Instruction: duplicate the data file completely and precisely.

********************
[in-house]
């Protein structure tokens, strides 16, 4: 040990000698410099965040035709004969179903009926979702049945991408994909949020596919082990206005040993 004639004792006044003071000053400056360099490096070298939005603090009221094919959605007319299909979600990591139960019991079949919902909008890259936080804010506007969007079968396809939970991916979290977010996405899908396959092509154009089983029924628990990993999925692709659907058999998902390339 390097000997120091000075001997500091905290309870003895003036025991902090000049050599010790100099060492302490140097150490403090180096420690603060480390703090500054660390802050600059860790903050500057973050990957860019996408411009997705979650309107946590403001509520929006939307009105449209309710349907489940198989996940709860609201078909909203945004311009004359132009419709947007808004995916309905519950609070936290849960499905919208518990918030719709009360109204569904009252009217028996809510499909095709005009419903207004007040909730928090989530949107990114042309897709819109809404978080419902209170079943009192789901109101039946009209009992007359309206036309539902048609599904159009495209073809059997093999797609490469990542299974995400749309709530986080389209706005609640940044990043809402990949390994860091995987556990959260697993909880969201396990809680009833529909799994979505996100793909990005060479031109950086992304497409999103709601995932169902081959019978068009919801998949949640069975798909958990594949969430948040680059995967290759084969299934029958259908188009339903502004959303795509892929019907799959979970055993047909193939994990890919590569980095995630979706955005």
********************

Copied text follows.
[in-house]
């Protein structure tokens, strides 16, 4: 040990000698410099965040035709004969179903009926979702049945991408994909949020596919082990206005040993 004639004792006044003071000053400056360099490096070298939005603090009221094919959605007319299909979600990591139960019991079949919902909008890259936080804010506007969007079968396809939970991916979290977010996405899908396959092509154009089983029924628990990993999925692709659907058999998902390339 390097000997120091000075001997500091905290309870003895003036025991902090000049050599010790100099060492302490140097150490403090180096420690603060480390703090500054660390802050600059860790903050500057973050990957860019996408411009997705979650309107946590403001509520929006939307009105449209309710349907489940198989996940709860609201078909909203945004311009004359132009419709947007808004995916309905519950609070936290849960499905919208518990918030719709009360109204569904009252009217028996809510499909095709005009419903207004007040909730928090989530949107990114042309897709819109809404978080419902209170079943009192789901109101039946009209009992007359309206036309539902048609599904159009495209073809059997093999797609490469990542299974995400749309709530986080389209706005609640940044990043809402990949390994860091995987556990959260697993909880969201396990809680009833529909799994979505996100793909990005060479031109950086992304497409999103709601995932169902081959019978068009919801998949949640069975798909958990594949969430948040680059995967290759084969299934029958259908188009339903502004959303795509892929019907799959979970055993047909193939994990890919590569980095995630979706955005």